I read in Railway Digest that the initial 50 are just the first batch of Level Crossings to be removed,
  justarider Assistant Commissioner

Location: Stuck on VR and hoping for better.
My 2 bobs worth.

A rather pointless discussion about Bell St and Moreland Rd.

In itself the Upfield line is minor and duplicated by trams anyway.
About 18 LX removals required to bring it up to speed is never gunna happen, nor expanding the Coburg Coles supermarket carpark into a fully fledged shopping centre.
Extra development land/airspace extraced out of the right of way is a pipe dream. Developers doing very nicely already with inner suburbs reinvigoration.

Just going back to why the 50 LX are being replaced, Safety and/or traffic congestion.

It's a no brainer for Moreland Rd and Bell St.
They are the 2 main on-ramps for the middle north suburbs onto the Tulla freeway.
As infrequent as the train schedule is, those 2 LX really stuff up the area big time and should go.  Anything more than that is just dreaming.

Coburg station is just a casualty of the crossing removal. Where ever the track ends up, so too will the station.

PS : Brunswick Rd also should go, for the same reason.

cheers
John
  Alphabet Train Controller

Location: Moonee Ponds
Boom gates at Essendon are gone.
  True Believers Chief Commissioner

does anybody know what's going to happen at bell street Coburg (Upfield line)? Apparently the station is staying and they are just fiddling with the tracks and related infrastructure, I didn't think there was enough room to either trench or skyrail the line, and what would that mean for Batman?

I read in Railway Digest that the initial 50 are just the first batch of Level Crossings to be removed,
n459L1150
Bell street Coburg (Upfield line), will be grade seperated at same time as Moreland road. Either both sites are rail under road or both sites are rail over road. 1 extra crossing is being removed in Coburg due to the close proximity, so that's an extra crossing completed that is not on the list. BTW just letting you know it is technically 53 crossings, not 50 now. 2 extra removed on Frankston line and 1 extra confirmed on the Upfield line. They would probably have to close the rail line to allow them grade seperate these crossings.

You can check on the level crossing removal site to see a map of either option being rail under/over.
  True Believers Chief Commissioner

In itself the Upfield line is minor and duplicated by trams anyway.
About 18 LX removals required to bring it up to speed is never gunna happen.

Just going back to why the 50 LX are being replaced, Safety and/or traffic congestion.

It's a no brainer for Moreland Rd and Bell St.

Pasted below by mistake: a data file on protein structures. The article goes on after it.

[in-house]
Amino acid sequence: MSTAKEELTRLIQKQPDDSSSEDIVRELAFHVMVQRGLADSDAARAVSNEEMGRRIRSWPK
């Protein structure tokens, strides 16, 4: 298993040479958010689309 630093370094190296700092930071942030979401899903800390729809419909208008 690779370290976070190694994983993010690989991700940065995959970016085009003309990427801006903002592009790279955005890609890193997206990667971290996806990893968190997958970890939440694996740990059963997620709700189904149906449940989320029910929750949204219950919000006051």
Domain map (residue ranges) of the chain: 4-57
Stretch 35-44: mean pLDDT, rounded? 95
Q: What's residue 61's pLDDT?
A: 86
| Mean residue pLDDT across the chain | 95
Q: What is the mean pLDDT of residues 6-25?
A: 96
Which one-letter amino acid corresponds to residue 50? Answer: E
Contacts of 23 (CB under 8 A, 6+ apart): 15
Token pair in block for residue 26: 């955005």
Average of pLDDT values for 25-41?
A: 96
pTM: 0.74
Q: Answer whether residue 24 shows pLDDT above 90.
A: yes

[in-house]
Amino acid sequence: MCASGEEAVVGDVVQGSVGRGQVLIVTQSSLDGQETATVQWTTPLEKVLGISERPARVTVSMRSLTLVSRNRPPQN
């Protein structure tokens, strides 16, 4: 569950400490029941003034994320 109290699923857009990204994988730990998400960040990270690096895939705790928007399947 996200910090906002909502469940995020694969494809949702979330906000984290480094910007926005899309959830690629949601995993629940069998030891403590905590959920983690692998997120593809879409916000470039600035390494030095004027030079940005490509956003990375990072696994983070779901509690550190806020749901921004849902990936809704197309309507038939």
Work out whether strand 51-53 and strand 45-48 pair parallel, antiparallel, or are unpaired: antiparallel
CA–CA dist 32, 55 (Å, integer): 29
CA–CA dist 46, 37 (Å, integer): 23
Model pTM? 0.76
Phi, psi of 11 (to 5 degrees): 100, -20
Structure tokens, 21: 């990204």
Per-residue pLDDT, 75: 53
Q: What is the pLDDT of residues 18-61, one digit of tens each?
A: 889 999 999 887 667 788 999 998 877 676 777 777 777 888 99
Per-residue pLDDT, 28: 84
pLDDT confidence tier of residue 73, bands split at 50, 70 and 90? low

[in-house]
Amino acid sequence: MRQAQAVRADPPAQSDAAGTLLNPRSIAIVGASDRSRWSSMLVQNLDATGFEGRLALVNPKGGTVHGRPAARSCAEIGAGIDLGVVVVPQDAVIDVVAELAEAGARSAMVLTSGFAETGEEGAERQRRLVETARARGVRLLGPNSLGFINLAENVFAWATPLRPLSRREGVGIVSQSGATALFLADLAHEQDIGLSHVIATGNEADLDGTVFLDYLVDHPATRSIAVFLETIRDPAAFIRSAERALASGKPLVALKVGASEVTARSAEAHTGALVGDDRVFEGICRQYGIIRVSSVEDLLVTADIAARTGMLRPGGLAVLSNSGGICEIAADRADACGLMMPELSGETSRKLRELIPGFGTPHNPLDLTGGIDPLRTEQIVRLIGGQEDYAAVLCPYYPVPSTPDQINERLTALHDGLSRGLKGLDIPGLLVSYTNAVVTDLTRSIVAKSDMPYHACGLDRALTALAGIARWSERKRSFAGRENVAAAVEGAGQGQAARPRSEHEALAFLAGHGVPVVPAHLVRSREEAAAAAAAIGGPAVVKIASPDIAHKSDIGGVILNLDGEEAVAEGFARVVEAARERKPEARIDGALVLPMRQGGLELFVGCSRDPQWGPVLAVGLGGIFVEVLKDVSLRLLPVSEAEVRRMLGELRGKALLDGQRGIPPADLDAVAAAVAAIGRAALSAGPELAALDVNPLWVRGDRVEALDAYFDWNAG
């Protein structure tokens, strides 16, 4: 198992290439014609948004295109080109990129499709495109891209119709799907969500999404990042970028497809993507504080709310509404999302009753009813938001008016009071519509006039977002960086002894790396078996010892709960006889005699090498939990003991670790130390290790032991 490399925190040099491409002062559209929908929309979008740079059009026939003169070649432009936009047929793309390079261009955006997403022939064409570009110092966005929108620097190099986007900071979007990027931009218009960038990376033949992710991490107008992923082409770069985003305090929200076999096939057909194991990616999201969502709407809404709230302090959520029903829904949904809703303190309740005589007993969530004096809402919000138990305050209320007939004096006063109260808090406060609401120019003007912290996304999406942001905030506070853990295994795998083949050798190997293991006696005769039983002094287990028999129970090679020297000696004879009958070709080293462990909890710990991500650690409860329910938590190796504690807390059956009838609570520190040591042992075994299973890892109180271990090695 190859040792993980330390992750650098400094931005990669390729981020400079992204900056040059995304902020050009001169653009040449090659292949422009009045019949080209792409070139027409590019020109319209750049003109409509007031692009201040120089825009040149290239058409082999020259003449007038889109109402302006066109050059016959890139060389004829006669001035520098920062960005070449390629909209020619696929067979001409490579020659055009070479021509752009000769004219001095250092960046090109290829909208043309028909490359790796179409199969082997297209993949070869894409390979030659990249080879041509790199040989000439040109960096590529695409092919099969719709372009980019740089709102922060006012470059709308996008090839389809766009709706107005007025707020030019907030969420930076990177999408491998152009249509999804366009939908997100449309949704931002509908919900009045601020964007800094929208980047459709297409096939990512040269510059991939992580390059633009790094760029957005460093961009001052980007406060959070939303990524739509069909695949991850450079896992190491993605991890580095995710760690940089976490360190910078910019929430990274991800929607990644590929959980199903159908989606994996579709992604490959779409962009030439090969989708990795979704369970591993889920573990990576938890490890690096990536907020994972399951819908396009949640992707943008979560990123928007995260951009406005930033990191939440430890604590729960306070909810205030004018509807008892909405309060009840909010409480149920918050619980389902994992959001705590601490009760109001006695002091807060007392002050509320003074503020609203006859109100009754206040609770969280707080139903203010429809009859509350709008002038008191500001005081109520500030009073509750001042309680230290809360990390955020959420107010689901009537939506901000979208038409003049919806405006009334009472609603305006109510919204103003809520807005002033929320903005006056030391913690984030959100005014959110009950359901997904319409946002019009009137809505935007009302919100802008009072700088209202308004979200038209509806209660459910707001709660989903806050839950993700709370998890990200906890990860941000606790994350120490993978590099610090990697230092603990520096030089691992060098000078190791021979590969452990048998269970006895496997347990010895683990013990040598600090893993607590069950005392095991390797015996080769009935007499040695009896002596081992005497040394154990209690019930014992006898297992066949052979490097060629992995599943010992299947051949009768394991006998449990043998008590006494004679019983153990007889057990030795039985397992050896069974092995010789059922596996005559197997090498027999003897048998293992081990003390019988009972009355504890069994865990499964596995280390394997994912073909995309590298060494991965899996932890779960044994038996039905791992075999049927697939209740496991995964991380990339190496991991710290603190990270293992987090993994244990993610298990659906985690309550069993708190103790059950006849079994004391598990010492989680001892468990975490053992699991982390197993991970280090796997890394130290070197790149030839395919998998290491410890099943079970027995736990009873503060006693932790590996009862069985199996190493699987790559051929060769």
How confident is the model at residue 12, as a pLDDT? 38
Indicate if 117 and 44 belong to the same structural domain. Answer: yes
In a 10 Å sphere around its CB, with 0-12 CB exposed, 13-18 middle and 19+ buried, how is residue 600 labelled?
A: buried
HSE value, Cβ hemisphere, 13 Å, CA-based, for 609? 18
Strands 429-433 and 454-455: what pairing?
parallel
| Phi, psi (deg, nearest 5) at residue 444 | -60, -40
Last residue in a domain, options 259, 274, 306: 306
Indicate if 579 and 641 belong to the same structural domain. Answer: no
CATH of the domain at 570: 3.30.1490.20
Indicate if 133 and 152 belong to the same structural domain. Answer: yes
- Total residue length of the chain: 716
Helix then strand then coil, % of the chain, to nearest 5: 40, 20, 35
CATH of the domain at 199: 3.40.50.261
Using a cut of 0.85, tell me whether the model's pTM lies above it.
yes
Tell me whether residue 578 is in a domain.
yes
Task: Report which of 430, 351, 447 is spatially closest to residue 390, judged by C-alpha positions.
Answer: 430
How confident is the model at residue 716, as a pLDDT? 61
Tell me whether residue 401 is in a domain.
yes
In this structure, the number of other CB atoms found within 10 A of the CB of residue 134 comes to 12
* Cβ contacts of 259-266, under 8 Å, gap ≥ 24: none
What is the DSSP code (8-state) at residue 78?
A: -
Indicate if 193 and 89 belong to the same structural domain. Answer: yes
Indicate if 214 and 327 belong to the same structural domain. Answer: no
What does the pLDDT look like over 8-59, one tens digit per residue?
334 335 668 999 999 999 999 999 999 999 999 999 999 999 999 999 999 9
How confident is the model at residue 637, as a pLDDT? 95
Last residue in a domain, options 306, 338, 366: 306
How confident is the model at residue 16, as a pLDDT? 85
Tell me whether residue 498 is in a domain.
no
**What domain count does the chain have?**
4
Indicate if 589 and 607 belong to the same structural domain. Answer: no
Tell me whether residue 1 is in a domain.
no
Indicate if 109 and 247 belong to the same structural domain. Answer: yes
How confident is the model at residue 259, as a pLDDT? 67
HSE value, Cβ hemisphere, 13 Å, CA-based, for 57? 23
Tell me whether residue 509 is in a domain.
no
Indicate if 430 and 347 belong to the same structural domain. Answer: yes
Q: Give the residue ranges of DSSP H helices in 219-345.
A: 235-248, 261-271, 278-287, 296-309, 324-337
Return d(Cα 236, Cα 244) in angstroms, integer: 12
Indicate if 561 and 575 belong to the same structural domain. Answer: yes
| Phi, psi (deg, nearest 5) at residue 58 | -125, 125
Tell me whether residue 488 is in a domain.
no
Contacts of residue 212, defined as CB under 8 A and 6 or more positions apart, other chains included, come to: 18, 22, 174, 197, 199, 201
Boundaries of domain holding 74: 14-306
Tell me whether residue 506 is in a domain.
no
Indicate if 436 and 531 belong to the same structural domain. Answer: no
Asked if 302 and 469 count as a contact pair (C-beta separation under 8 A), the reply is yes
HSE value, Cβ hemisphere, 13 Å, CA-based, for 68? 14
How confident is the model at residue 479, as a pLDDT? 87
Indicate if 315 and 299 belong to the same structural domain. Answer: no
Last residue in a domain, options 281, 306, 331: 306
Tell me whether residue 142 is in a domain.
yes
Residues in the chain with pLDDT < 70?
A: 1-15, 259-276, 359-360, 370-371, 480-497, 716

They are the 2 main on-ramps for the middle north suburbs onto the Tulla freeway.
As infrequent as the train schedule is, those 2 LX really stuff up the area big time and should go. Anything more than that is just dreaming.

cheers
John
justarider
I like to point out you said never? And dreaming. But in the future these crossings will have to be removed, let's say 10-20 years time. Why you may ask.

The Upfield line will become the Wallan line in the future. That's identified in the PTV plan. And if you look closely at the last few state budgets, there is feasibility case connecting the Upfield line with the Craigeburn line. It is something the government is looking at even though it's quiet about it.

So no it isn't a dream to see the Upfield line become a high frequency Wallan line that'll support the busy Craigeburn line. It's in the plans, just still got a long way to go. You used never like it'll never happen, but seeing that Upfield connection isn't so distant and the area to Wallan has been approved for development, I would be open to the idea that this connection may happen sooner than you think.
  justarider Assistant Commissioner

Location: Stuck on VR and hoping for better.
NEVER

fair cop, but very unlikely.

Join Upfield back to Wallan. Now that is a dream - why?

The "plan" is just re-join Upfield to Roxburgh, and then the 2 have to share the rest to Craigeburn (eventually sparks to Wallan - MAYBE)

Just compare like for like.

Upfield to Finders St      35 minutes
Coolaroo to Flinders St  40 minutes.

Upfield line  22 LX ( 2 planned replace) - the 18 that I said before was just generously leaving out some of the outers that don't currently cause issues.
Craigeburn    7 LX  ( 1 nearly gone)

If you are going to substatially increase traffic , there will have to be a full LX removal in the Roxburgh to SCS corridor chosen.

With no substantial difference in travel time, why would you spend three times as much for LX + cost of the new  extension + double track Gowrie to Upfield ?

Of course there is also the other "plan" for Wallan. Detour V/line Wallan to SCS via MARL.
That would be even faster and no LX.  Spark that - now I AM dreaming!

cheers
John
  Myrtone Chief Commissioner

Location: North Carlton, Melbourne, Victoria
Bell street Coburg (Upfield line), will be grade seperated at same time as Moreland road. Either both sites are rail under road or both sites are rail over road. 1 extra crossing is being removed in Coburg due to the close proximity, so that's an extra crossing completed that is not on the list. BTW just letting you know it is technically 53 crossings, not 50 now. 2 extra removed on Frankston line and 1 extra confirmed on the Upfield line. They would probably have to close the rail line to allow them grade seperate these crossings.
True Believers
If those two aforementioned level crossings on the Upfield line are to be grade separated, then so might every level crossing in between.